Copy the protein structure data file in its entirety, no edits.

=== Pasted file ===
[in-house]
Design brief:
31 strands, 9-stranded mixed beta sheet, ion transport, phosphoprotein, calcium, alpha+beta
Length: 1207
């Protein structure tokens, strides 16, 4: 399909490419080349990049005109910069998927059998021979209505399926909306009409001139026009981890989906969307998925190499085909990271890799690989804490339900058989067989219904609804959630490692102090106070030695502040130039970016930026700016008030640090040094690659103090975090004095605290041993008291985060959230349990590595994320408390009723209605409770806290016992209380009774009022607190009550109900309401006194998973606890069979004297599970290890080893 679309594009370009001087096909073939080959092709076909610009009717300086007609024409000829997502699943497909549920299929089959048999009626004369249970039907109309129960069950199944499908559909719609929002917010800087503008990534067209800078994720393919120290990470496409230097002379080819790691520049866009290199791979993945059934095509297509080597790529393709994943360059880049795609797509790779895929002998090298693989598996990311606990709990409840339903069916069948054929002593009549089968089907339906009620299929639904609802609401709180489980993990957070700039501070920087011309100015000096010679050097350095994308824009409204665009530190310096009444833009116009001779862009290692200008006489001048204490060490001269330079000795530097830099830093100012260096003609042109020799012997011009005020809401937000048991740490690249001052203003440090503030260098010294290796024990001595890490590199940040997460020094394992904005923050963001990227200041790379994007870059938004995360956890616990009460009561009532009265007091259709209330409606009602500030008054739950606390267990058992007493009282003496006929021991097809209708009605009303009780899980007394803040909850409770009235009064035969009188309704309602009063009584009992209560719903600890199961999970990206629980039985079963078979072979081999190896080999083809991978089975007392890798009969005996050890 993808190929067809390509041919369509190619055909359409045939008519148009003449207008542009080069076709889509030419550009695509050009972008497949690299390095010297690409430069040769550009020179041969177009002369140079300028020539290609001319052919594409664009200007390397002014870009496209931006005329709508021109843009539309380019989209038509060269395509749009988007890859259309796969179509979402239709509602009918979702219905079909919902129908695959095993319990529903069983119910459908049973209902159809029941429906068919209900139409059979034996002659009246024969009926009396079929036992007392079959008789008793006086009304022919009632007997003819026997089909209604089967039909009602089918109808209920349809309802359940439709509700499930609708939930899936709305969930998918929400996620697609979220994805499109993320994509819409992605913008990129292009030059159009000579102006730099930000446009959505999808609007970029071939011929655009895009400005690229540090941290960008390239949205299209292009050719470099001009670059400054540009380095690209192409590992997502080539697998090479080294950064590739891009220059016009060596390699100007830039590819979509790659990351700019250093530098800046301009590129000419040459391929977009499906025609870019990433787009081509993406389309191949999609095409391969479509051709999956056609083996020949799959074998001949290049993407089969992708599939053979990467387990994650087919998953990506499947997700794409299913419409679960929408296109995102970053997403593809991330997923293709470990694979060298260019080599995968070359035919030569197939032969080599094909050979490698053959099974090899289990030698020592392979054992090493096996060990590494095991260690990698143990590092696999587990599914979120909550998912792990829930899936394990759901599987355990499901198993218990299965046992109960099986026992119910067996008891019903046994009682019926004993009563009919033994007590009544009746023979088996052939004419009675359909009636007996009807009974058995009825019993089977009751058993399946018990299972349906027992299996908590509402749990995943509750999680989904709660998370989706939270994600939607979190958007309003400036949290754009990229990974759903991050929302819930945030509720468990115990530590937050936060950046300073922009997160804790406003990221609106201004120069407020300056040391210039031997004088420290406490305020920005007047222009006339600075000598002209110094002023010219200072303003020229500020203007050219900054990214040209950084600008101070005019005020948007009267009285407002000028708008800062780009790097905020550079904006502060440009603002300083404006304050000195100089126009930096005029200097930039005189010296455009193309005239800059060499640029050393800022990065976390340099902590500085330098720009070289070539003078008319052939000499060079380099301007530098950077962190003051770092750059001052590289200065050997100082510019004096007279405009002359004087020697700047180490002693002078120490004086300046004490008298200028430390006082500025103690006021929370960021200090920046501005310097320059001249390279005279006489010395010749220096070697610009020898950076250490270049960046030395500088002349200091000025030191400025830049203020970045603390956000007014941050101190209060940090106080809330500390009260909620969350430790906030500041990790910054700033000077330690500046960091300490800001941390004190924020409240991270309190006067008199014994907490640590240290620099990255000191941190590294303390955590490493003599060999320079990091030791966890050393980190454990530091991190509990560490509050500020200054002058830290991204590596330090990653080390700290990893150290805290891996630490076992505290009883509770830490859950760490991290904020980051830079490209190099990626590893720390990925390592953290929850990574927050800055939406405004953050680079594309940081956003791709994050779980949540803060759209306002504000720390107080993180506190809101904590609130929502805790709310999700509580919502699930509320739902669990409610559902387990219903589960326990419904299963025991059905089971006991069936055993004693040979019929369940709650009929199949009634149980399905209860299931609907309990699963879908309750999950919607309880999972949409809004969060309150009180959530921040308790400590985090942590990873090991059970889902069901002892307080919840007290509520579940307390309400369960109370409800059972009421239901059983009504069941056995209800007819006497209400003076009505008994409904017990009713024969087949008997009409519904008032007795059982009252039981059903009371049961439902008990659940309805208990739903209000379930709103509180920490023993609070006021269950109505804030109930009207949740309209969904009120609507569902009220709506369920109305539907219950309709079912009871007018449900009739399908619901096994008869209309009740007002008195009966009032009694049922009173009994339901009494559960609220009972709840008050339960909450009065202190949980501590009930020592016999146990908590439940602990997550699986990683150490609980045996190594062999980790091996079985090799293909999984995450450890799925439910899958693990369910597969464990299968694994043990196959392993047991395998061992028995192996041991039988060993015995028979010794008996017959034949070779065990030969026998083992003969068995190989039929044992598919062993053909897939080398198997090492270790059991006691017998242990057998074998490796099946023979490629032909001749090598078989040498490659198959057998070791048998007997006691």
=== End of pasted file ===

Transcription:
[in-house]
Design brief:
31 strands, 9-stranded mixed beta sheet, ion transport, phosphoprotein, calcium, alpha+beta
Length: 1207
């Protein structure tokens, strides 16, 4: 399909490419080349990049005109910069998927059998021979209505399926909306009409001139026009981890989906969307998925190499085909990271890799690989804490339900058989067989219904609804959630490692102090106070030695502040130039970016930026700016008030640090040094690659103090975090004095605290041993008291985060959230349990590595994320408390009723209605409770806290016992209380009774009022607190009550109900309401006194998973606890069979004297599970290890080893 679309594009370009001087096909073939080959092709076909610009009717300086007609024409000829997502699943497909549920299929089959048999009626004369249970039907109309129960069950199944499908559909719609929002917010800087503008990534067209800078994720393919120290990470496409230097002379080819790691520049866009290199791979993945059934095509297509080597790529393709994943360059880049795609797509790779895929002998090298693989598996990311606990709990409840339903069916069948054929002593009549089968089907339906009620299929639904609802609401709180489980993990957070700039501070920087011309100015000096010679050097350095994308824009409204665009530190310096009444833009116009001779862009290692200008006489001048204490060490001269330079000795530097830099830093100012260096003609042109020799012997011009005020809401937000048991740490690249001052203003440090503030260098010294290796024990001595890490590199940040997460020094394992904005923050963001990227200041790379994007870059938004995360956890616990009460009561009532009265007091259709209330409606009602500030008054739950606390267990058992007493009282003496006929021991097809209708009605009303009780899980007394803040909850409770009235009064035969009188309704309602009063009584009992209560719903600890199961999970990206629980039985079963078979072979081999190896080999083809991978089975007392890798009969005996050890 993808190929067809390509041919369509190619055909359409045939008519148009003449207008542009080069076709889509030419550009695509050009972008497949690299390095010297690409430069040769550009020179041969177009002369140079300028020539290609001319052919594409664009200007390397002014870009496209931006005329709508021109843009539309380019989209038509060269395509749009988007890859259309796969179509979402239709509602009918979702219905079909919902129908695959095993319990529903069983119910459908049973209902159809029941429906068919209900139409059979034996002659009246024969009926009396079929036992007392079959008789008793006086009304022919009632007997003819026997089909209604089967039909009602089918109808209920349809309802359940439709509700499930609708939930899936709305969930998918929400996620697609979220994805499109993320994509819409992605913008990129292009030059159009000579102006730099930000446009959505999808609007970029071939011929655009895009400005690229540090941290960008390239949205299209292009050719470099001009670059400054540009380095690209192409590992997502080539697998090479080294950064590739891009220059016009060596390699100007830039590819979509790659990351700019250093530098800046301009590129000419040459391929977009499906025609870019990433787009081509993406389309191949999609095409391969479509051709999956056609083996020949799959074998001949290049993407089969992708599939053979990467387990994650087919998953990506499947997700794409299913419409679960929408296109995102970053997403593809991330997923293709470990694979060298260019080599995968070359035919030569197939032969080599094909050979490698053959099974090899289990030698020592392979054992090493096996060990590494095991260690990698143990590092696999587990599914979120909550998912792990829930899936394990759901599987355990499901198993218990299965046992109960099986026992119910067996008891019903046994009682019926004993009563009919033994007590009544009746023979088996052939004419009675359909009636007996009807009974058995009825019993089977009751058993399946018990299972349906027992299996908590509402749990995943509750999680989904709660998370989706939270994600939607979190958007309003400036949290754009990229990974759903991050929302819930945030509720468990115990530590937050936060950046300073922009997160804790406003990221609106201004120069407020300056040391210039031997004088420290406490305020920005007047222009006339600075000598002209110094002023010219200072303003020229500020203007050219900054990214040209950084600008101070005019005020948007009267009285407002000028708008800062780009790097905020550079904006502060440009603002300083404006304050000195100089126009930096005029200097930039005189010296455009193309005239800059060499640029050393800022990065976390340099902590500085330098720009070289070539003078008319052939000499060079380099301007530098950077962190003051770092750059001052590289200065050997100082510019004096007279405009002359004087020697700047180490002693002078120490004086300046004490008298200028430390006082500025103690006021929370960021200090920046501005310097320059001249390279005279006489010395010749220096070697610009020898950076250490270049960046030395500088002349200091000025030191400025830049203020970045603390956000007014941050101190209060940090106080809330500390009260909620969350430790906030500041990790910054700033000077330690500046960091300490800001941390004190924020409240991270309190006067008199014994907490640590240290620099990255000191941190590294303390955590490493003599060999320079990091030791966890050393980190454990530091991190509990560490509050500020200054002058830290991204590596330090990653080390700290990893150290805290891996630490076992505290009883509770830490859950760490991290904020980051830079490209190099990626590893720390990925390592953290929850990574927050800055939406405004953050680079594309940081956003791709994050779980949540803060759209306002504000720390107080993180506190809101904590609130929502805790709310999700509580919502699930509320739902669990409610559902387990219903589960326990419904299963025991059905089971006991069936055993004693040979019929369940709650009929199949009634149980399905209860299931609907309990699963879908309750999950919607309880999972949409809004969060309150009180959530921040308790400590985090942590990873090991059970889902069901002892307080919840007290509520579940307390309400369960109370409800059972009421239901059983009504069941056995209800007819006497209400003076009505008994409904017990009713024969087949008997009409519904008032007795059982009252039981059903009371049961439902008990659940309805208990739903209000379930709103509180920490023993609070006021269950109505804030109930009207949740309209969904009120609507569902009220709506369920109305539907219950309709079912009871007018449900009739399908619901096994008869209309009740007002008195009966009032009694049922009173009994339901009494559960609220009972709840008050339960909450009065202190949980501590009930020592016999146990908590439940602990997550699986990683150490609980045996190594062999980790091996079985090799293909999984995450450890799925439910899958693990369910597969464990299968694994043990196959392993047991395998061992028995192996041991039988060993015995028979010794008996017959034949070779065990030969026998083992003969068995190989039929044992598919062993053909897939080398198997090492270790059991006691017998242990057998074998490796099946023979490629032909001749090598078989040498490659198959057998070791048998007997006691």